While many countries and states have extradition treaties, the possibility of people in Hong Kong — including foreign residents and even visitors — being handed over to China is particularly controversial; many say fair trials in China’s Communist party-controlled courts would be unlikely. Critics also say the amendment would have opened a backdoor in Hong Kong’s common law system, potentially allowing Beijing to seek extraditions for political reasons.
Above, Hong Kong Chief Executive Carrie Lam apologizes at a press conference on June 18, having vowed to indefinitely suspend the bill. (Photo by Ken Kobayashi) Below, protesters wearing black shirts march to demand Lam’s resignation. (Photo by Kosaku Mimura)
Carson Block, founder of San Francisco-based Muddy Waters Research, which focuses on exposing fraudulent accounting practices at Chinese companies, says he would be “very hesitant” to travel to Hong Kong if the amendment became law.
Apart from industries that are directly exposed to China-related political risk, businesses in general are worried about Hong Kong as a safe and free base for operations. “The business community will be very concerned about the political fallout from this matter and will be wanting to see some resolution quite quickly,” says George Cautherley, a businessman and member of the public policy think tank Hong Kong Democratic Foundation, referring to the ongoing protests.
In a snap poll conducted by the American Chamber of Commerce in Hong Kong between June 12 and June 18, more than three-quarters of members who responded said they were “very concerned” about the extradition amendment. Sixty percent said they took seriously the possibility that the U.S. and other countries would reconsider Hong Kong’s legal and trade status if the bill moved ahead, and 72% said global companies would be more likely to move regional headquarters out of Hong Kong.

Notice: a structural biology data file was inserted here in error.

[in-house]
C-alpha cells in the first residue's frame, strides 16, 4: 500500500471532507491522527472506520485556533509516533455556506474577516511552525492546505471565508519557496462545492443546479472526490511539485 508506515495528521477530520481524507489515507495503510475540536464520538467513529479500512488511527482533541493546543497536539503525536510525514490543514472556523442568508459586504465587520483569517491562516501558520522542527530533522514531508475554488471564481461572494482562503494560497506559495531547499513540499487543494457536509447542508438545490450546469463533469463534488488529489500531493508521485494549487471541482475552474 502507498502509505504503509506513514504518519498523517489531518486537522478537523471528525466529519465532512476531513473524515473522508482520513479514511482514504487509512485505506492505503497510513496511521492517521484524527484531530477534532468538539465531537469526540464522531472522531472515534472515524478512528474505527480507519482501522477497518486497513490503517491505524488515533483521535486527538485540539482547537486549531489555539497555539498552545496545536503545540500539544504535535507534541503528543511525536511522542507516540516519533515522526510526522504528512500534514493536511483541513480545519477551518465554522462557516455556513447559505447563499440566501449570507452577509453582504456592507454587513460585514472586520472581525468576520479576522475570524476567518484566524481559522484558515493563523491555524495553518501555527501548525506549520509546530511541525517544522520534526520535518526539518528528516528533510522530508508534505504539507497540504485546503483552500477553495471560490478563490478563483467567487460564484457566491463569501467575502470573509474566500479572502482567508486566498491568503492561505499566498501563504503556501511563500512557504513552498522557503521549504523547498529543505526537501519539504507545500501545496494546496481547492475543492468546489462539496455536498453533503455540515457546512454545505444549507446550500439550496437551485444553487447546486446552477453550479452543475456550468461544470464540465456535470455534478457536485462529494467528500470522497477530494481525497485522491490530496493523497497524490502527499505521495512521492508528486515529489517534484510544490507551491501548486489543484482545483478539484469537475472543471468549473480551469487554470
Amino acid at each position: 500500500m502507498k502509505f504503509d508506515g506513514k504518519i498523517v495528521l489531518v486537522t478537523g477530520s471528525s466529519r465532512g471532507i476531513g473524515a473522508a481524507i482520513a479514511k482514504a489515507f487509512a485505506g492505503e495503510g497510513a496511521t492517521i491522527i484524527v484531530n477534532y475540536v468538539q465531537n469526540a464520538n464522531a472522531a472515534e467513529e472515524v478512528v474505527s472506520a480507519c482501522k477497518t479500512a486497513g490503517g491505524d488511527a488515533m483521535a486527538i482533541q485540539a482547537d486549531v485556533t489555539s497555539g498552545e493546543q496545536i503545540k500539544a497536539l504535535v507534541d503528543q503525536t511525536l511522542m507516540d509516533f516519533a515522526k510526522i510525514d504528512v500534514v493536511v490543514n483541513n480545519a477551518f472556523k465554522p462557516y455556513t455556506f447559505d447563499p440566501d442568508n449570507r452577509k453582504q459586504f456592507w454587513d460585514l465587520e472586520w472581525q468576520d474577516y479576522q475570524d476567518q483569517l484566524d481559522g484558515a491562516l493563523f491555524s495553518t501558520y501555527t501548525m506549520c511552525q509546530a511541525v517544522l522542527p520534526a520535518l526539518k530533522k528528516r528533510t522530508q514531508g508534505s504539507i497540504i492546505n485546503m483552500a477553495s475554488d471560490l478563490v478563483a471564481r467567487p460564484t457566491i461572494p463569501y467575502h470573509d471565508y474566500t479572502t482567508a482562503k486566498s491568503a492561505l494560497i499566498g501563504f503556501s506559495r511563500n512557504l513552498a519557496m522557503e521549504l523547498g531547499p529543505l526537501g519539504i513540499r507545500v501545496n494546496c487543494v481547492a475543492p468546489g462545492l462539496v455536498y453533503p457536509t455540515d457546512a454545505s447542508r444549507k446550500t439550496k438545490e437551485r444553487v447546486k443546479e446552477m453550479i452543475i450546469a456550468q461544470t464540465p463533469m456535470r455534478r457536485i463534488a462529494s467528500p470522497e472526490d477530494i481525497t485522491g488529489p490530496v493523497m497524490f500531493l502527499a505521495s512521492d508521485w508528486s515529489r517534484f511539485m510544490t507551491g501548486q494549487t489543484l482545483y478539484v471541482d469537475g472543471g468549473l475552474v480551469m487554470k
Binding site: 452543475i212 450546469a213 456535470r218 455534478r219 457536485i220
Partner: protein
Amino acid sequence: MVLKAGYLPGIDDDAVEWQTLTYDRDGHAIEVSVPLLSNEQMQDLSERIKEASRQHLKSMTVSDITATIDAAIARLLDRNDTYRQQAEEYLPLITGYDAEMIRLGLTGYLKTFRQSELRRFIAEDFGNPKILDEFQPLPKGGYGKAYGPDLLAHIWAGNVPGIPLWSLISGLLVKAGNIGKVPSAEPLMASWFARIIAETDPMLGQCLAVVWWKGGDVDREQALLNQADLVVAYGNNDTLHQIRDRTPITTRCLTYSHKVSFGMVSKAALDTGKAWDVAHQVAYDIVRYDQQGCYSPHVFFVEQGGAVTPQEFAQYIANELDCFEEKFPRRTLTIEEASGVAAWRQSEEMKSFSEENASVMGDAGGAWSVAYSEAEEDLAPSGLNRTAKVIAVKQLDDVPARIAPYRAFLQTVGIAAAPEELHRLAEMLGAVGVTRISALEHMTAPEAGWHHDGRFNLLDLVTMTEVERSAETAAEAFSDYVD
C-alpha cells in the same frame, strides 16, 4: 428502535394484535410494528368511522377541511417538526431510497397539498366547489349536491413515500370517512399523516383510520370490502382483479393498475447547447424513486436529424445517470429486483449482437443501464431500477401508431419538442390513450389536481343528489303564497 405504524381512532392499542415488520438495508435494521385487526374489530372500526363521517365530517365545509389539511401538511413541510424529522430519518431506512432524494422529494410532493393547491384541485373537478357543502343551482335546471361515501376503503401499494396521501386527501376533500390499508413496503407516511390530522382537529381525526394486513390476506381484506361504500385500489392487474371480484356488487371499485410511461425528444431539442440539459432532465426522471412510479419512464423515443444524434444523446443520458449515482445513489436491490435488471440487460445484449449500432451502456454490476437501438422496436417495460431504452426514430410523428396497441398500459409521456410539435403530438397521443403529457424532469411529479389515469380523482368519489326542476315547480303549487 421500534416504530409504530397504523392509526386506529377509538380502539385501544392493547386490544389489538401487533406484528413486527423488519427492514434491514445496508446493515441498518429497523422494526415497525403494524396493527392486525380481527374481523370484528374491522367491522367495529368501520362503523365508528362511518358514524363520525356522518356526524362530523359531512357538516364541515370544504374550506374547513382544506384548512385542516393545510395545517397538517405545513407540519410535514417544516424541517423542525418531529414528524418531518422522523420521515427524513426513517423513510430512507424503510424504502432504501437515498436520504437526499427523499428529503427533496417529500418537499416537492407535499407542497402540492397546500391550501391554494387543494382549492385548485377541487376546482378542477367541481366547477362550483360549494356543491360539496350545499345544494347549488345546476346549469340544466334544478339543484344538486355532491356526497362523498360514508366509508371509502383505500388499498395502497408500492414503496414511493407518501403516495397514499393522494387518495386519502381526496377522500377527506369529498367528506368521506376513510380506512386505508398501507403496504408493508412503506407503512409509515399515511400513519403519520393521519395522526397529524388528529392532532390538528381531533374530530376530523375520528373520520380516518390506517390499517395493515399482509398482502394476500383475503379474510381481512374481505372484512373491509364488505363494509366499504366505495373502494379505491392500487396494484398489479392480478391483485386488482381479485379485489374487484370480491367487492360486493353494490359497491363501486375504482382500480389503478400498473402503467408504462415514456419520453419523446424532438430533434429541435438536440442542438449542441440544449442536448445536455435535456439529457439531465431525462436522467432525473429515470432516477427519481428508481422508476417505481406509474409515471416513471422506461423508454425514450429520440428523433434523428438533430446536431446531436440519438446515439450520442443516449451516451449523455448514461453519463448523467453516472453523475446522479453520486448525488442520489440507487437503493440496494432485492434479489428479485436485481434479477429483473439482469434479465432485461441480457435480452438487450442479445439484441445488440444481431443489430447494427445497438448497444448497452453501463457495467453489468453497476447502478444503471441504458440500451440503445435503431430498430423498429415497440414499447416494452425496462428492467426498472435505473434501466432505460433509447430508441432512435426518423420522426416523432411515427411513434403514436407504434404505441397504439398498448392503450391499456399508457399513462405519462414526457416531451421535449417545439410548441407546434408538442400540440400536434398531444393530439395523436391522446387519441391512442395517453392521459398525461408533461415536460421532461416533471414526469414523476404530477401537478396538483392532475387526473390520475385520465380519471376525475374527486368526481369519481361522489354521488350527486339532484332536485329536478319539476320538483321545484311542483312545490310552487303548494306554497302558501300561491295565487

Separately, more than 50% of 98 startups surveyed by the Hong Kong Business Association of Sustainable Economy said they would review whether to remain in Hong Kong if the extradition bill came to pass. More than 70% said the amendment would have negative implications for their businesses.
“Businesses are growing less willing to trade off the security of their assets and their executives against Hong Kong’s low taxes and convenient money movements,” according to analysts at Hong Kong-based J Capital Research in a report released June 17, one day after 2 million people, more than a quarter of Hong Kong’s population, demonstrated to demand that Chief Executive Lam resign. The analysts warn that the city’s benchmark Hang Seng stock market index, real estate prices and currency peg to the U.S. dollar “may not crater but will certainly erode over the medium term” as Hong Kong has become “less transparent and more unstable.”
Shifting assets and attitudes
Some affluent residents are exploring ways to move assets out of Hong Kong. “For those clients who were already unsure of whether Hong Kong offers a safe legal environment, the recent controversy surrounding the extradition bill has only served to reinforce their concerns,” says Timothy Loh, managing partner at Hong Kong law company Timothy Loh.